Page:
I thought it humorous that after Sykes' first appearance on the stand, Mrs. Webberly states that "there wasn't a word of truth" in his testimony. Then, when Sykes' was called to testify again, the judge reminded him he was still under oath! Submitted by Wiseguy70005, 6/12/14.

And speaking of the judge, this case seems to have an unprecedented amount of interference - for want of a better word - from the judge in the proceedings: I don't recall any other episodes where the judge directs the prosecutor who to call as a witness (or tries to direct, for when the latter refuses, the judge himself calls her). The premise - that Perry had been deprived of an opportunity to cross-examine - doesn't make much sense, since he could have called her himself as his witness. Submitted by Notcom, 112415.

I wonder if the prosecutor has Asperger's. He seems to have a lot of trouble making eye contact. Submitted by scarter, 8/27/14

Audio from TCOTLL can be heard on a patient tv screen in an episode of "The Bold Ones": Perry is talking to "Mr. [Mayor] Henderson"; Raymond Burr is co-listed above "Harbour Productions Unlimited" in closing TBO credits. Mike Bedard 2.27.15.
+ More information please. Do you know the title of The Bold Ones episode? Also The Perry Mason story refered to above would be episode 107 "The Case of the Larcenous Lady". Other LL episodes were Latent Lover, Laughing Lady, Lavender Lipstick, Lawful Lazarus, Libelous Locket, Loquacious Liar, Lover's Leap, Lucky Legs, Lucky Loser, and Lurid Letter. [Reminds me of some old DC comics Superman stories.] Added by H. Mason 3/4/15

I wonder how the priority in the credits was decided. Ellen Drew gets first billing but I would guessed Arthur Franz and Patricia Huston (has that Patrica Barry look) would have been listed 1 and 2. Submitted by Perry Baby 9/29/15.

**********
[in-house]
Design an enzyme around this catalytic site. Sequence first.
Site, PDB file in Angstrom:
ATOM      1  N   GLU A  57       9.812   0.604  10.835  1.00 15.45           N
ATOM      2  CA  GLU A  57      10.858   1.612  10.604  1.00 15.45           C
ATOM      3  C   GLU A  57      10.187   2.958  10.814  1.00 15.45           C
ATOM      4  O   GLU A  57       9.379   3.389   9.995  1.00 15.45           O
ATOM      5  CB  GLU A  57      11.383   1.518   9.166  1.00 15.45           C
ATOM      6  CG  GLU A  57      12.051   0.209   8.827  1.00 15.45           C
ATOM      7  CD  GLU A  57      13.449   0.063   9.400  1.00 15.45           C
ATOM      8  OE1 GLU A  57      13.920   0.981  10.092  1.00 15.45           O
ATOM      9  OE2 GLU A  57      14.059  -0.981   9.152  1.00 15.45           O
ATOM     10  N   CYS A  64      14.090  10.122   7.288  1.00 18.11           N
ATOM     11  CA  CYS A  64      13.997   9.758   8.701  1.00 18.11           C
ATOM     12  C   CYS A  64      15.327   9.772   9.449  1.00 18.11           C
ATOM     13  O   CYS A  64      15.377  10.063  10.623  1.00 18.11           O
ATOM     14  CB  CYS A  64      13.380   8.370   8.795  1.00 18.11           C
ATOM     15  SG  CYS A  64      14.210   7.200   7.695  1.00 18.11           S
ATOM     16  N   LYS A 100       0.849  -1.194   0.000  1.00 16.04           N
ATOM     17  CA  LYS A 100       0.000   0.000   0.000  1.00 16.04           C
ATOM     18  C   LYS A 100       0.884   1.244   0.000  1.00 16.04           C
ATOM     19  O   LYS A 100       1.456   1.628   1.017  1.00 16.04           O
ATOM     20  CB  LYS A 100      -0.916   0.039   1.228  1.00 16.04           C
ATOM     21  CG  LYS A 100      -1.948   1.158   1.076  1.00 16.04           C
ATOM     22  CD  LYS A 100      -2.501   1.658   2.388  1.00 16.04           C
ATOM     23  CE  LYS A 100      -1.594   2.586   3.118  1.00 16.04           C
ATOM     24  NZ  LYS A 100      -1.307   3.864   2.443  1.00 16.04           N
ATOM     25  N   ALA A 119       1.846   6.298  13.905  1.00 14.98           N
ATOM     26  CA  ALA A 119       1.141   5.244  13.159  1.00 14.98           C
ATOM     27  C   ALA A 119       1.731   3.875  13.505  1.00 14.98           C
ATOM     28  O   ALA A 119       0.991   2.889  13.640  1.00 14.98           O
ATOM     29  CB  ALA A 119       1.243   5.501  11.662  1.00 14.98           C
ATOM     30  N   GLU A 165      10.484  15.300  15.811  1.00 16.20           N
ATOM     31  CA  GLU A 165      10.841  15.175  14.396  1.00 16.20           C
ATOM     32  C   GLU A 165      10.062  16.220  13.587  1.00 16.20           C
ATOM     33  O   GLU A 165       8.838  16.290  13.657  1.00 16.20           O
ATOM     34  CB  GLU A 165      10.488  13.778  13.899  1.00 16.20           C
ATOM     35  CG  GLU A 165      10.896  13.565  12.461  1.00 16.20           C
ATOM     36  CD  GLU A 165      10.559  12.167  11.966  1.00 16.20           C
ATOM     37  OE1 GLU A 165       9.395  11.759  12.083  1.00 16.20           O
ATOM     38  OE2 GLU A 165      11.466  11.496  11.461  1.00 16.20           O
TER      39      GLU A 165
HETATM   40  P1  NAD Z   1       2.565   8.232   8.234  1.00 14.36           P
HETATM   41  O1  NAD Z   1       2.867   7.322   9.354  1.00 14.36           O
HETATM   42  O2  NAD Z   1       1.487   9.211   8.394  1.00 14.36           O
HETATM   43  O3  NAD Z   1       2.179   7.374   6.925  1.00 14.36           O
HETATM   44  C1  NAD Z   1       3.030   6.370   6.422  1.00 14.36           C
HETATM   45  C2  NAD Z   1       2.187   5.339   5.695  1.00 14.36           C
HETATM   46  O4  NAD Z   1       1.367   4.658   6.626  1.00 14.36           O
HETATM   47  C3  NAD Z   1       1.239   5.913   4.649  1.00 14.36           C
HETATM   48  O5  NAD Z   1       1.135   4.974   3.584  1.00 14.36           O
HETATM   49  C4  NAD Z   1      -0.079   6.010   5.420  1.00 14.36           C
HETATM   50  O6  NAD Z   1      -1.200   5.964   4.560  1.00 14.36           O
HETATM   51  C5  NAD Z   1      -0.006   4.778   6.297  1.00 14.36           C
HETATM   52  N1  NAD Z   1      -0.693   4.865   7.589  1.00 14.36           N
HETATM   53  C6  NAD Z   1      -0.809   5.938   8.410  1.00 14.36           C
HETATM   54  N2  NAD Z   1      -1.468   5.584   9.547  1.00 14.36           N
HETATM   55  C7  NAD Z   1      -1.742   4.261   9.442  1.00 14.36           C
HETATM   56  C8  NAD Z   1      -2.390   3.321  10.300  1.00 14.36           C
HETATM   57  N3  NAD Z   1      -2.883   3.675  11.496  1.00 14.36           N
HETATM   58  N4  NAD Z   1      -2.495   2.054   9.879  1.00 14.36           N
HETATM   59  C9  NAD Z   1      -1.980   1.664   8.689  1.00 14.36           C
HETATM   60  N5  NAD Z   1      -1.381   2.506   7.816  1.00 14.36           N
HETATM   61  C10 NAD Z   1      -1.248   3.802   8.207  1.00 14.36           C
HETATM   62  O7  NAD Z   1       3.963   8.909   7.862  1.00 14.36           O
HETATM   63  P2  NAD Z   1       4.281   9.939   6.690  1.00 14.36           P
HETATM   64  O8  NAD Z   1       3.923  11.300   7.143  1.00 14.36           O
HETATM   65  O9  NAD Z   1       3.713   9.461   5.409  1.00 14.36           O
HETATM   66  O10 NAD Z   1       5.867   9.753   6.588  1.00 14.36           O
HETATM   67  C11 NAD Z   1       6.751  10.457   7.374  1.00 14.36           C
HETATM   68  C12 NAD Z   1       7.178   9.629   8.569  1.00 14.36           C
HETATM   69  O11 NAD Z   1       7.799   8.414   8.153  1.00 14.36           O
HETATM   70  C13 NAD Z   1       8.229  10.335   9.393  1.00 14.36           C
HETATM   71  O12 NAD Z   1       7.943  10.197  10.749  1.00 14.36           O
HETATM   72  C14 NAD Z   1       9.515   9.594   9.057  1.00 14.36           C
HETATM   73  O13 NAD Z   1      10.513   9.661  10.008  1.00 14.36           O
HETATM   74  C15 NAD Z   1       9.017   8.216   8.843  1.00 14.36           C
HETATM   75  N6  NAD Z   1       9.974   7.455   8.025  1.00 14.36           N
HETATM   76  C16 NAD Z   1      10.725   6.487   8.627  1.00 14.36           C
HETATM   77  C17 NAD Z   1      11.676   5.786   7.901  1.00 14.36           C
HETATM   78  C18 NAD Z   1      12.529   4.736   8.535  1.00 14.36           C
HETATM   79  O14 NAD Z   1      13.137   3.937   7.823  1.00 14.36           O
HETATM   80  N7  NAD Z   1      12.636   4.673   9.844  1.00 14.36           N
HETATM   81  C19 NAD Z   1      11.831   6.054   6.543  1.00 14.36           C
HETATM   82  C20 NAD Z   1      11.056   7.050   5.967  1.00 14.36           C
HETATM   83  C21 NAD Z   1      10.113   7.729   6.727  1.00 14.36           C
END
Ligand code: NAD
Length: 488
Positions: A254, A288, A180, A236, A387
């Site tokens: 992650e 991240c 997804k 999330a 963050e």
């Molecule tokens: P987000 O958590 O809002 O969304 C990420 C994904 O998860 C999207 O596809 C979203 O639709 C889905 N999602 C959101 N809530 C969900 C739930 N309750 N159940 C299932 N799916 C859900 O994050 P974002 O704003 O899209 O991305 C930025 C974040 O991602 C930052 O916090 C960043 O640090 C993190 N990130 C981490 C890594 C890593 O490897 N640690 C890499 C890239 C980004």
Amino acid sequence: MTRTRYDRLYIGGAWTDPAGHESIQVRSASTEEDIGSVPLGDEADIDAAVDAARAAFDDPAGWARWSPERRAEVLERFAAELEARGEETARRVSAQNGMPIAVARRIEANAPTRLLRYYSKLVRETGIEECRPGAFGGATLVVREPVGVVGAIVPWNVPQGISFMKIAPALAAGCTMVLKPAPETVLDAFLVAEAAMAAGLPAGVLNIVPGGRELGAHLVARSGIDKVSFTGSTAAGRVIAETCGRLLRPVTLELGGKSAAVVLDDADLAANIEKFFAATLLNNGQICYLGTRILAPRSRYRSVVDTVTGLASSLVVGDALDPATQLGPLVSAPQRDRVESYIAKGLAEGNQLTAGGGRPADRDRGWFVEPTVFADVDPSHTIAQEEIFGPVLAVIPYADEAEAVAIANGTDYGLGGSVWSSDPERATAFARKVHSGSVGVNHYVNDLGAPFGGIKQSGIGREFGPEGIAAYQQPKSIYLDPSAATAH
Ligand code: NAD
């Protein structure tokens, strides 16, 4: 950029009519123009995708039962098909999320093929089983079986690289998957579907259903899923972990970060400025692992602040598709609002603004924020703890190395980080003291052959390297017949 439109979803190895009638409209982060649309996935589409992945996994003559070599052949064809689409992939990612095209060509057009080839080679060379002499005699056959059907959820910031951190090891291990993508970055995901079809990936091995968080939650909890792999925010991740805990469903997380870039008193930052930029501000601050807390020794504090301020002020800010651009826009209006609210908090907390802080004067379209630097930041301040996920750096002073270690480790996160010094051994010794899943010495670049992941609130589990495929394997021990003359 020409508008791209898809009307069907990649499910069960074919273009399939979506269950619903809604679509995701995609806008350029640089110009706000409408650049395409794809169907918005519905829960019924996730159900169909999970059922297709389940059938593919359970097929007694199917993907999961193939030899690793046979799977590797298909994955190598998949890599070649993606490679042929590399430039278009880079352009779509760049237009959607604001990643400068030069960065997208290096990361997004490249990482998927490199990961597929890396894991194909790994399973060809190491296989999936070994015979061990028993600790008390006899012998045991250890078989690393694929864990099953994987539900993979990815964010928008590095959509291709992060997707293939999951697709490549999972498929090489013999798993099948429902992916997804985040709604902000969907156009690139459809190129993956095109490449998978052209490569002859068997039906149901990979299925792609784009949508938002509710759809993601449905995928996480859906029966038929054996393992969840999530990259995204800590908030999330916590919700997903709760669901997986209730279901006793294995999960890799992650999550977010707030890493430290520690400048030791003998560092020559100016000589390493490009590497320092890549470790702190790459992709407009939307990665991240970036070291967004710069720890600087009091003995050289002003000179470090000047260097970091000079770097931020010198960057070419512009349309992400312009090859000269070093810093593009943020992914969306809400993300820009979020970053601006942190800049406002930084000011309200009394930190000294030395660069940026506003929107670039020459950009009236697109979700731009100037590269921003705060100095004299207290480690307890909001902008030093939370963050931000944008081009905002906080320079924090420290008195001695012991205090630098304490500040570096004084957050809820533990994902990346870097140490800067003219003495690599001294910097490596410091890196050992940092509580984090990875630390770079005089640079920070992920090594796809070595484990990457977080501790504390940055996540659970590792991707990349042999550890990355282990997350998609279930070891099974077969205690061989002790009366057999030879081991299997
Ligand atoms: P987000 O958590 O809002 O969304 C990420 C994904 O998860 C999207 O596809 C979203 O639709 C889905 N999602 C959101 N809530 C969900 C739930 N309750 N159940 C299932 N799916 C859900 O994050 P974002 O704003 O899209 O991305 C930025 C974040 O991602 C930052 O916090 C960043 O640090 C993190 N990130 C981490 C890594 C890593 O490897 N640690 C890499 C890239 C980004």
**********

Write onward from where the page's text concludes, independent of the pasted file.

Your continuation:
She (Patricia Huston) not only has that Patricia Barry look, her character has the same cold-blooded approach - the difference being that Ms. Barry could make a statue perspire, whereas Ms. Huston, in my opinion, is as passionate as a chunk of dry ice .. and talk about seeing, but NOT seeing, I just noticed that Ms. Huston played a similar role in #76 Golden Fraud, along with Arthur Franz, but not as his wife, but as the wife of the character who was competing with Franz for a position in the firm they worked for ... man, could that woman play an ice-cold you-know-what! I guess women were more genteel in those days ... if my wife were in the position of 'Julia Webberly' (Ellen Drew), she'd likely had kicked 'Mona Henderson's' little tail all the way back to her home! Submitted by MikeReese, 12/5/2016.

Location: Susan Connelly meets Mr. Stratton at the Highway Hotel which is clearly the Oxnard Hotel now gone but located in Oxnard a 30 minute ride up the coast from where Raymond Burr lived in Malibu. Eric Cooper 30 Aug 16

The view out the window to the judge's left seems to change. At first we see a bit of shingled roof. Later we see a shuttered window. In either case, the view has no relation at all to what we see in exterior shots. DODay 09/04/2017